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Massage is a popular therapy used to relieve fluid retention, spasms, inflammation, muscle tension, pains and stiffness. Other benefits include improved circulation (blood and lymph), general flexibility, range of movement, and increased tissue elasticity (eg, scar tissue).
Another kind of massage contains full-body massage, which often leaves the patient feeling relaxed and free of anxiety.
As the therapist uses their hands or specialized tools to rhythmically knead, wipe, and stroke (effluerage) muscles, circulation is stimulated. Blood flow is essential to helping muscles eliminate waste products, such as lactic acid, that may accumulate in muscles from spasms and delivers oxygen and nutrients.
Following trauma, muscles may act as mini-splints like a cast on a broken arm to safeguard and limit motion. An average example is somebody who uses a computer for a prolonged time period without taking a break to stretch the neck. The result: a stiff, aching neck and occasionally pain. Taking regular breaks to rub (mini-massage) and stretch the neck will boost circulation to the muscles.
This really is one of the most famous types of massage in America. Often, a lotion or oil is used to lessen skin friction. The therapist combines light stroking in one way with deep pressure in another to loosen muscles. The treatment expedites blood flow to flush uric acid, lactic acid, and other waste products from the muscles. Ligaments and tendons are stretched, increasing their suppleness. Nerves are excited and relaxed, and anxiety is relieved. The general goal is to loosen muscles.
Long-term muscle tension is targeted by this technique. The therapist’s strokes are slower, using more direct pressure and friction. Determined by the texture of the deeper layers of tissue and muscle felt, the therapist occasionally adjusts intensity, strokes, and their hand positions to work the tissues to release tension.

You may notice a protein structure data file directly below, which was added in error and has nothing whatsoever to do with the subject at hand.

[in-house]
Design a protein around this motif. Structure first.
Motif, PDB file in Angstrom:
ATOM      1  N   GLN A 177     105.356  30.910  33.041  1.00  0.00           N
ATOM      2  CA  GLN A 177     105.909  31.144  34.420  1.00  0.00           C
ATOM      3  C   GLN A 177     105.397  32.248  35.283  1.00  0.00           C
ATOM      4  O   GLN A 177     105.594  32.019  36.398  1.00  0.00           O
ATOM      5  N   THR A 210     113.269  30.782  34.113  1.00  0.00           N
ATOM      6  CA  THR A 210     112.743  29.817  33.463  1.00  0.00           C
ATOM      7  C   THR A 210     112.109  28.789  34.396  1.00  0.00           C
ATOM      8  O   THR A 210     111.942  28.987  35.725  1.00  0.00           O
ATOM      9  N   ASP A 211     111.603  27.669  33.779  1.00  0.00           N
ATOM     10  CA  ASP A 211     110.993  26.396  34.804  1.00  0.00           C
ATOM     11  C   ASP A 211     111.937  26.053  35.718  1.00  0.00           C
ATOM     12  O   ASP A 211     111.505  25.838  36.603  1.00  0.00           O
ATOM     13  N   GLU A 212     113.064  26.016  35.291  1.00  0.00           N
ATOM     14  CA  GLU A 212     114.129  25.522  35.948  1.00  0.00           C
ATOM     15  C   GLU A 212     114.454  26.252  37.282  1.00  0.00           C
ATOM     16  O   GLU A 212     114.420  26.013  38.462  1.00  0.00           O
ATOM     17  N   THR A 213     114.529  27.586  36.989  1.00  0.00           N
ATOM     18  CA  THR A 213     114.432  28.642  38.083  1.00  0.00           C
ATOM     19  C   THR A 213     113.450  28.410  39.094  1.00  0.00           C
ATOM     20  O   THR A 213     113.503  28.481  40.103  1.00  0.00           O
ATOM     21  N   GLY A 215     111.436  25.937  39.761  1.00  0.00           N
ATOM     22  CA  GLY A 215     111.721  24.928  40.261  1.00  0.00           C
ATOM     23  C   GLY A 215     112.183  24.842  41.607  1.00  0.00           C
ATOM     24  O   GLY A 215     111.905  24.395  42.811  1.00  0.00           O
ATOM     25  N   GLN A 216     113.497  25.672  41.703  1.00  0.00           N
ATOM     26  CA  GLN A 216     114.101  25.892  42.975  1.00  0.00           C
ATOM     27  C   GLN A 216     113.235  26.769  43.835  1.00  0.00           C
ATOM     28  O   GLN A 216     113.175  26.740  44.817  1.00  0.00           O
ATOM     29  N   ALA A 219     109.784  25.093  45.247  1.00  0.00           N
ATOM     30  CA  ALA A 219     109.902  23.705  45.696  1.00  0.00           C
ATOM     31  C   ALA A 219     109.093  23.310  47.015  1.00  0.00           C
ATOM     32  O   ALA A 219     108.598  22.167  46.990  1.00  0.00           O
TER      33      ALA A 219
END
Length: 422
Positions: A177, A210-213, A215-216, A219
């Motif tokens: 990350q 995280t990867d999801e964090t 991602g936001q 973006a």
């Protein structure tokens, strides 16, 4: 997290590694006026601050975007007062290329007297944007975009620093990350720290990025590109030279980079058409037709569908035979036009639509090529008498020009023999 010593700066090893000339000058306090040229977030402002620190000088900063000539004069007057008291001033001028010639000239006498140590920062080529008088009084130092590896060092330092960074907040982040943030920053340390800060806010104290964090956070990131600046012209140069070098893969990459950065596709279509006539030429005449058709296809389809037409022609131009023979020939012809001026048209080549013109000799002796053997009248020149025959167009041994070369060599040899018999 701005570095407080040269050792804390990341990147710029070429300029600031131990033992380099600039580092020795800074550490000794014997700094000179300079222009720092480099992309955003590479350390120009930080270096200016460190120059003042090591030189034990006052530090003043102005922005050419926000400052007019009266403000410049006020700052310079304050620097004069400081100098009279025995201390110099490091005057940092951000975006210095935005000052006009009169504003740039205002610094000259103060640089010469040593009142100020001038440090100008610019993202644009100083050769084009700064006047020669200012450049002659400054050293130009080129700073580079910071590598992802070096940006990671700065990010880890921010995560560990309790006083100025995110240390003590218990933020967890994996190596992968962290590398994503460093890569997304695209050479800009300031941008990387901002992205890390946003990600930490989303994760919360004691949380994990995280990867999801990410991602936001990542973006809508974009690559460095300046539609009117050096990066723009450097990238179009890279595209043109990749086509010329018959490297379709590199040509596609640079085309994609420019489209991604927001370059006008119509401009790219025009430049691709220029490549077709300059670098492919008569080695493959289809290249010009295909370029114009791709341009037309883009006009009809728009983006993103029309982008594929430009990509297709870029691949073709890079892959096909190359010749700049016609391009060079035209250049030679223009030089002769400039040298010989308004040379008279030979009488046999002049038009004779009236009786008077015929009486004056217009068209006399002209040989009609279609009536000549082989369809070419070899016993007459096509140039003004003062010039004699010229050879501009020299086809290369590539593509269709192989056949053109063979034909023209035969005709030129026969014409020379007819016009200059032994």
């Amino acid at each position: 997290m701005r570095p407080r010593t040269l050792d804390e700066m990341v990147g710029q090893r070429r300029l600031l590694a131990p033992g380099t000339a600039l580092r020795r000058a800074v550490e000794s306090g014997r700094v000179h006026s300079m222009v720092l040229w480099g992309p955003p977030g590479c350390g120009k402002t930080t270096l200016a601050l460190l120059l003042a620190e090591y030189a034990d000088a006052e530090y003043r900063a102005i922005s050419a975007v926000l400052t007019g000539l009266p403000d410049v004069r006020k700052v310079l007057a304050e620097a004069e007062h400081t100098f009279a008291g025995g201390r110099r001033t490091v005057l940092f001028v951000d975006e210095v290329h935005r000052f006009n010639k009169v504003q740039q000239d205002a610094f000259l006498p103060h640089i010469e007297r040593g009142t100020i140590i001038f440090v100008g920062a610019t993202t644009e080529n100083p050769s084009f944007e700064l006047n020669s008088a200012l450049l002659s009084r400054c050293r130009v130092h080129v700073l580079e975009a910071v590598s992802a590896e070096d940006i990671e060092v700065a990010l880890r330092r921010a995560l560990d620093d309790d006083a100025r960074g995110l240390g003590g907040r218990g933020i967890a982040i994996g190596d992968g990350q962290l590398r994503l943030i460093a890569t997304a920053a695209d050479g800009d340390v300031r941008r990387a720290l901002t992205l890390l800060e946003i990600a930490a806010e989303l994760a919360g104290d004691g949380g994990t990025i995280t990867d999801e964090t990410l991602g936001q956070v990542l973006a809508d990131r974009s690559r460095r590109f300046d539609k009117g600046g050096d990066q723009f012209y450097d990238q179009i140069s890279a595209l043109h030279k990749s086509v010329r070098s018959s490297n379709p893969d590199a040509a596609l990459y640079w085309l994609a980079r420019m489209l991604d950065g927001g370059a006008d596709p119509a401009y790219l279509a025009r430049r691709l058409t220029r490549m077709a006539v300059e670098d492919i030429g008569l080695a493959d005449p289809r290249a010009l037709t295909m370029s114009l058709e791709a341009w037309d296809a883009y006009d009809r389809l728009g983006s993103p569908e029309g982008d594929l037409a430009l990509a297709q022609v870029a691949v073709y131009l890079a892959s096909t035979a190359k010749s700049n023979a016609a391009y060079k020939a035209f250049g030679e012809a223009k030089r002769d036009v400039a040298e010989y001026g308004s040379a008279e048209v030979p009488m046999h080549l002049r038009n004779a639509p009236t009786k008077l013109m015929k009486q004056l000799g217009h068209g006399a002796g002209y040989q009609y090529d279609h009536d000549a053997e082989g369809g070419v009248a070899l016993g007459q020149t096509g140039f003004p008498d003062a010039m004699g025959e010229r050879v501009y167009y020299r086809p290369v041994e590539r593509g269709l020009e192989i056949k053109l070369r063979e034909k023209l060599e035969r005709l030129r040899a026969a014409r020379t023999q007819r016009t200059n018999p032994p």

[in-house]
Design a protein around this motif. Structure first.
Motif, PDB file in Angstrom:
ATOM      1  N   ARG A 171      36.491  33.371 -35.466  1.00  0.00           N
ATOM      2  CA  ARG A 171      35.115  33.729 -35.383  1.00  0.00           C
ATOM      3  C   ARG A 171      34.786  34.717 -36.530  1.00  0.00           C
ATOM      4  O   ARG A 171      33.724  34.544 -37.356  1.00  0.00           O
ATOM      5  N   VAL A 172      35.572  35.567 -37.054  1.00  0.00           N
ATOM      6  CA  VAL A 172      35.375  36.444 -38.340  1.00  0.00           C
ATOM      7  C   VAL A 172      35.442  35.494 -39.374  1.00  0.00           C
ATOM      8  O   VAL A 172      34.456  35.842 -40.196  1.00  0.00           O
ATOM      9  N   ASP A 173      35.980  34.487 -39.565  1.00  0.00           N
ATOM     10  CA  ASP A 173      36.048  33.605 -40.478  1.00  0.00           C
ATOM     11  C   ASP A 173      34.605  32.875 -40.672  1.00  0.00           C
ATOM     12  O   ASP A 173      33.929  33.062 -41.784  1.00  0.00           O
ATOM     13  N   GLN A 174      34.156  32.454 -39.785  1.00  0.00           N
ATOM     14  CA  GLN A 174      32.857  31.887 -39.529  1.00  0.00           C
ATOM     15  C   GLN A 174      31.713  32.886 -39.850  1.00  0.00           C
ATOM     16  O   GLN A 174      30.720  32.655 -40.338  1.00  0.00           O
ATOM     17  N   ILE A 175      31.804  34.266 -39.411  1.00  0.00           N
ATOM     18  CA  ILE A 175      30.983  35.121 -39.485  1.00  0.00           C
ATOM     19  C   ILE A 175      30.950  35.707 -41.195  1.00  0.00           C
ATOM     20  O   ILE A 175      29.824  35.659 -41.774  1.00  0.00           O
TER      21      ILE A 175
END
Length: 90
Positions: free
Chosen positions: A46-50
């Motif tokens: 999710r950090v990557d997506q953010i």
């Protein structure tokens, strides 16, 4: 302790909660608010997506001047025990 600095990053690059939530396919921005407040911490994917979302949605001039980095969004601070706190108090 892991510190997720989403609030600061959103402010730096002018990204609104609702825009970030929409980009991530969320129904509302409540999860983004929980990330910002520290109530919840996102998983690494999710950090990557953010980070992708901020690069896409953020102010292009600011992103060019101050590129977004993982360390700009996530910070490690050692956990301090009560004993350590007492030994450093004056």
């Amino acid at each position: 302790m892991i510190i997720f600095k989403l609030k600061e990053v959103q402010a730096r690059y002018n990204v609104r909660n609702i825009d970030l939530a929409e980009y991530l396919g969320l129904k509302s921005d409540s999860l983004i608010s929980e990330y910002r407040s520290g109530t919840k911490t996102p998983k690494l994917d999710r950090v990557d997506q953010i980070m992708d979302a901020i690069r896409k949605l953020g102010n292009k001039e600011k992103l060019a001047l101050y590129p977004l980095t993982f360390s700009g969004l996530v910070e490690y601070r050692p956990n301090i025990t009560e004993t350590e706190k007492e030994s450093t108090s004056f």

Myofascial release, or soft tissue mobilization, is a therapy used to release tension in the fascia. Fascia are sheets of fibrous tissue that encase and support muscles. Following injury, the fascia and muscles may shorten limiting the flow of blood. The techniques used in myofascial release loosen muscle tension and break up fascial adhesions.
The treatment goals include alleviating muscle spasms, enhancing circulation, and releasing trigger points.
The therapist extends the muscle using a technique called Stretch and Spray as trigger points are released. This technique incorporates a superficial cooling agent such as Fluori-Methane, a local anesthetic that depresses nerve reaction. The anesthetic is sprayed over muscles as they may be softly stretched, soothing tight muscles.
There are many kinds of massage; only a few are mentioned here. Shiatsu is an old oriental treatment predicated on acupressure, as is Jin Shin Jyutsu. Reiki is a Japanese type of massage that attempts to correct the entire body’s energy.�Rolfing can be uncomfortable; the goal is to adjust the muscle fascia to its fullest extension.
Speak to your doctor, before getting a massage for back pain or neck pain. She or he may have the ability to refer you to a licensed or certified massage therapist.
The information herein on "Massage Therapy Center" is not intended to replace a one-on-one relationship with a qualified health care professional, licensed physician, and is not medical advice. We encourage you to make your own health care decisions based on your research and partnership with a qualified health care professional.
Our information scope is limited to chiropractic, musculoskeletal, physical medicines, wellness, sensitive health issues, functional medicine articles, topics, and discussions. We provide and present clinical collaboration with specialists from a wide array of disciplines. Each specialist is governed by their professional scope of practice and their jurisdiction of licensure. We use functional health & wellness protocols to treat and support care for the injuries or disorders of the musculoskeletal system.
Our videos, posts, topics, subjects, and insights cover clinical matters, issues, and topics that relate to and support, directly or indirectly, our clinical scope of practice.*
Our office has made a reasonable attempt to provide supportive citations and has identified the relevant research study or studies supporting our posts. We provide copies of supporting research studies available to regulatory boards and the public upon request.
We understand that we cover matters that require an additional explanation of how it may assist in a particular care plan or treatment protocol; therefore, to further discuss the subject matter above, please feel free to ask Dr. Alex Jimenez or contact us at 915-850-0900.
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